Daily Israel Report

Medium-Sized Strike Scheduled For Sunday

The on-again, off-again nationwide Histadrut strike appears to be heading "on" again this Sunday - at least partially.
First Publish: 5/9/2003, 4:25 PM

The on-again, off-again nationwide Histadrut strike appears to be heading "on" again this Sunday - at least partially. The Teachers Union and the Education Ministry have apparently reached an agreement, but not so for Histadrut Labor Union chief Amir Peretz and Finance Minister Binyamin Netanyahu.

The teachers will not strike, after it was agreed that instead of firing 2,000 teachers, 250 will be laid off and given extra benefits, while other money-saving measures will be taken in place of letting the others go.

Netanyahu and Peretz, on the other hand, made no progress in their midnight meeting last night, and held another one this afternoon. Peretz has already threatened that if an agreement is not achieved, 70,000 public sector workers in all government ministries will begin a full-fledged strike on Sunday - and that more workers will join in the days following. The reason: The Finance Ministry's stated intention not to pay salaries to those workers who, because of the sanctions they are implementing, are not receiving the public. The sanctions are in place of the full-scale strike, which the Histadrut ended after two days last week.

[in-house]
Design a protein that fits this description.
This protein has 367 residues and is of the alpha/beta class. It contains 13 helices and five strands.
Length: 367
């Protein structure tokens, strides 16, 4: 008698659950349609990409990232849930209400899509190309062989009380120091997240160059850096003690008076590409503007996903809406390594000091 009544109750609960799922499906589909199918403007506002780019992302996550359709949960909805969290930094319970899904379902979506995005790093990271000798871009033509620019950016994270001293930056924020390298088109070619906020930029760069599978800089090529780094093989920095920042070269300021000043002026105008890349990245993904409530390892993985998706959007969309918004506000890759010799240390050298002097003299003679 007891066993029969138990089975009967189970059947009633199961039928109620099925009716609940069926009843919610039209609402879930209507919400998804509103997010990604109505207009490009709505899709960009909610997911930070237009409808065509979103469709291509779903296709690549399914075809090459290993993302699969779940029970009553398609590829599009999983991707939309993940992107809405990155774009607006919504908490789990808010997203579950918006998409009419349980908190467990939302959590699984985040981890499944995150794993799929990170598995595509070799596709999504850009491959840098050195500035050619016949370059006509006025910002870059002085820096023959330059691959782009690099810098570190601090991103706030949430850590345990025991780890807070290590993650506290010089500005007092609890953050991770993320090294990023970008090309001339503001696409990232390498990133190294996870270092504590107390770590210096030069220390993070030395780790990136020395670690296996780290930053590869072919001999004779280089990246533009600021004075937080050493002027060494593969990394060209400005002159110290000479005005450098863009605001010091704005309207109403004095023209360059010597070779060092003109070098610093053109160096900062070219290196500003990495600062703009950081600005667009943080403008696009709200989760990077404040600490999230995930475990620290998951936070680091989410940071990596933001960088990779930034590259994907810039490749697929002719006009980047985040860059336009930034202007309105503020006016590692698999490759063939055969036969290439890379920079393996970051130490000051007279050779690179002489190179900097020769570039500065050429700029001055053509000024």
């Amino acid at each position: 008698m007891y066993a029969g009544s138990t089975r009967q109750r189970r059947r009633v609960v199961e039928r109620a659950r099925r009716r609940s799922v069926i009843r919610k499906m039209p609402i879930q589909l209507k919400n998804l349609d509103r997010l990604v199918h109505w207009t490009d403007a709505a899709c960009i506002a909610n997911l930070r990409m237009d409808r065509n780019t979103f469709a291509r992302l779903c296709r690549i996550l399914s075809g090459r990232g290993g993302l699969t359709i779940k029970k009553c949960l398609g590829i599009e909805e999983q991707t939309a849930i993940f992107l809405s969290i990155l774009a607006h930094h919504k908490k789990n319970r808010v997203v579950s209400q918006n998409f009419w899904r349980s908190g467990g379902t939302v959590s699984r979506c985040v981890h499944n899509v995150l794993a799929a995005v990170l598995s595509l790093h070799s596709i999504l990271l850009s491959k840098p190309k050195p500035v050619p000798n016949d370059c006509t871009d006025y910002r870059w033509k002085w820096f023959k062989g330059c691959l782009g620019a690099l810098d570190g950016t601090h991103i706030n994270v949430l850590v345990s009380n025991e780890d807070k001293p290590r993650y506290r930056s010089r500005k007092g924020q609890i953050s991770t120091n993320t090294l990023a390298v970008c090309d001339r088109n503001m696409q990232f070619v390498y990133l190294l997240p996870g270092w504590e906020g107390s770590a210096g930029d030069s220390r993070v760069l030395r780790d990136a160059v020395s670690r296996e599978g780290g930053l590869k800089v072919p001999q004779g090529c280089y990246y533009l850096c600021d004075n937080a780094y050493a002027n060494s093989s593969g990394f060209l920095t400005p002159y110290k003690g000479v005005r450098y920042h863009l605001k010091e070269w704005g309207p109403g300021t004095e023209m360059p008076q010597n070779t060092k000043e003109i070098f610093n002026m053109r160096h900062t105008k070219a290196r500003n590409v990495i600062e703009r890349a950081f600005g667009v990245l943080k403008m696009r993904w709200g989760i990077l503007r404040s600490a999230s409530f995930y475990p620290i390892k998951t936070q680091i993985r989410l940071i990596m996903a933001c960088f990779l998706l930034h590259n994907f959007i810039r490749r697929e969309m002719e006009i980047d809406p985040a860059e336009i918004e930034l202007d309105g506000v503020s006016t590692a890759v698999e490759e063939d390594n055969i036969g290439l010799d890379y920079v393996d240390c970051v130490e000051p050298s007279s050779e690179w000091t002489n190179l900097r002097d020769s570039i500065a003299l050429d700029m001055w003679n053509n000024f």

The stricken offices will be the National Insurance Institute, Income Tax, Employment Offices, Department of Motor Vehicles, Interior Ministry, and others.

The main issues of contention between the Histadrut and the government are certain features of the new economic emergency plan, including: pay cuts for public-sector workers, cuts in payments to the elderly and child-allowance, and mainly, the Finance Ministry's intention to legislate new pay schedules, instead of negotiating them with the Labor Union. Proponents of the plan say that the country faces almost empty coffers and has no alternative but to make the drastic cuts.